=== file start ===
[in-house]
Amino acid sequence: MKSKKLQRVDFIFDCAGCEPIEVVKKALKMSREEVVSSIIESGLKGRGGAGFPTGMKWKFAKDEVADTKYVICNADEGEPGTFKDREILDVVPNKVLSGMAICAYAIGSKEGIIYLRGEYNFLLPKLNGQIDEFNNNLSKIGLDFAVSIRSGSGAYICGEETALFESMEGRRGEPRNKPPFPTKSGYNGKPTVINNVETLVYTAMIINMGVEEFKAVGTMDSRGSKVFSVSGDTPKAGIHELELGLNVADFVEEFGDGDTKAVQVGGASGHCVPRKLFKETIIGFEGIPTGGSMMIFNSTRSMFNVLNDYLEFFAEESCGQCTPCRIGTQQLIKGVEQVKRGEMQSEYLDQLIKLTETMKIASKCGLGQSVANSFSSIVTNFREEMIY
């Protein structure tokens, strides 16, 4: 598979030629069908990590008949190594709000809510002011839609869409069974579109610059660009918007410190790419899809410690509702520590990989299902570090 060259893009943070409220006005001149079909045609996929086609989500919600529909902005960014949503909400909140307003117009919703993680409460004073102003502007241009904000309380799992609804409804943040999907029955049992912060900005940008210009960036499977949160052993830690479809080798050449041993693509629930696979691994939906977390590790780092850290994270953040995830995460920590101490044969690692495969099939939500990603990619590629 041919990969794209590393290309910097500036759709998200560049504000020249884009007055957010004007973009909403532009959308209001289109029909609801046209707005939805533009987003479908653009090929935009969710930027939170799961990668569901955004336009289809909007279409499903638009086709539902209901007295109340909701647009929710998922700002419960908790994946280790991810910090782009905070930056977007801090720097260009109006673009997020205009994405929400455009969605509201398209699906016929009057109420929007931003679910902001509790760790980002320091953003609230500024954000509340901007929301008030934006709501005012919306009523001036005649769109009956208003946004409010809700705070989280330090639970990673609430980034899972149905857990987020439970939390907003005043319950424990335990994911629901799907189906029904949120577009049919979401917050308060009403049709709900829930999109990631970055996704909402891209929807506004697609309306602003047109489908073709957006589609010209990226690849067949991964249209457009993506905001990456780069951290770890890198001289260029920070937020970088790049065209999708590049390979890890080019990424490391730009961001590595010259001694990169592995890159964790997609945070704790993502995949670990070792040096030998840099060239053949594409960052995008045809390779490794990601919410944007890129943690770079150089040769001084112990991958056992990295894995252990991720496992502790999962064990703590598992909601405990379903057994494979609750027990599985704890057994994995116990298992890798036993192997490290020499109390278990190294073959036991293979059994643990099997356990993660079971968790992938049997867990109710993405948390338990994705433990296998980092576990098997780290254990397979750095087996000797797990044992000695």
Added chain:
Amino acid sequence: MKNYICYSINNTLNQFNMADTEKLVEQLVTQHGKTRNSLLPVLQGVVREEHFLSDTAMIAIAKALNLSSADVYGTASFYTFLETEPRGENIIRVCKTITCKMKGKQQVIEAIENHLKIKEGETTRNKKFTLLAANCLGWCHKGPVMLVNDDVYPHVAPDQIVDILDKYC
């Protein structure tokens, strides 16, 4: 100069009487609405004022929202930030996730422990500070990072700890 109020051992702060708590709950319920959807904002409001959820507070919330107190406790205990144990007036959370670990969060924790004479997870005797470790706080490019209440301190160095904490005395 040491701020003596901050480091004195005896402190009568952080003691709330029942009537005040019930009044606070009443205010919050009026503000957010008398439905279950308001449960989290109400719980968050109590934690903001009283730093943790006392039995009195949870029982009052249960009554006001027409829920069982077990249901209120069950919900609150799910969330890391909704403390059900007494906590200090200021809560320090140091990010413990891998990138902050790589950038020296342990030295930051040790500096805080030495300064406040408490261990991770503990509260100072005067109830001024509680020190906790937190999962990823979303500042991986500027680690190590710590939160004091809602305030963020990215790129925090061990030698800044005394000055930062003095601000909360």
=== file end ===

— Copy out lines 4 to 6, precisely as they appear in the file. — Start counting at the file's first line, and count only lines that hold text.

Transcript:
Added chain:
Amino acid sequence: MKNYICYSINNTLNQFNMADTEKLVEQLVTQHGKTRNSLLPVLQGVVREEHFLSDTAMIAIAKALNLSSADVYGTASFYTFLETEPRGENIIRVCKTITCKMKGKQQVIEAIENHLKIKEGETTRNKKFTLLAANCLGWCHKGPVMLVNDDVYPHVAPDQIVDILDKYC
């Protein structure tokens, strides 16, 4: 100069009487609405004022929202930030996730422990500070990072700890 109020051992702060708590709950319920959807904002409001959820507070919330107190406790205990144990007036959370670990969060924790004479997870005797470790706080490019209440301190160095904490005395 040491701020003596901050480091004195005896402190009568952080003691709330029942009537005040019930009044606070009443205010919050009026503000957010008398439905279950308001449960989290109400719980968050109590934690903001009283730093943790006392039995009195949870029982009052249960009554006001027409829920069982077990249901209120069950919900609150799910969330890391909704403390059900007494906590200090200021809560320090140091990010413990891998990138902050790589950038020296342990030295930051040790500096805080030495300064406040408490261990991770503990509260100072005067109830001024509680020190906790937190999962990823979303500042991986500027680690190590710590939160004091809602305030963020990215790129925090061990030698800044005394000055930062003095601000909360």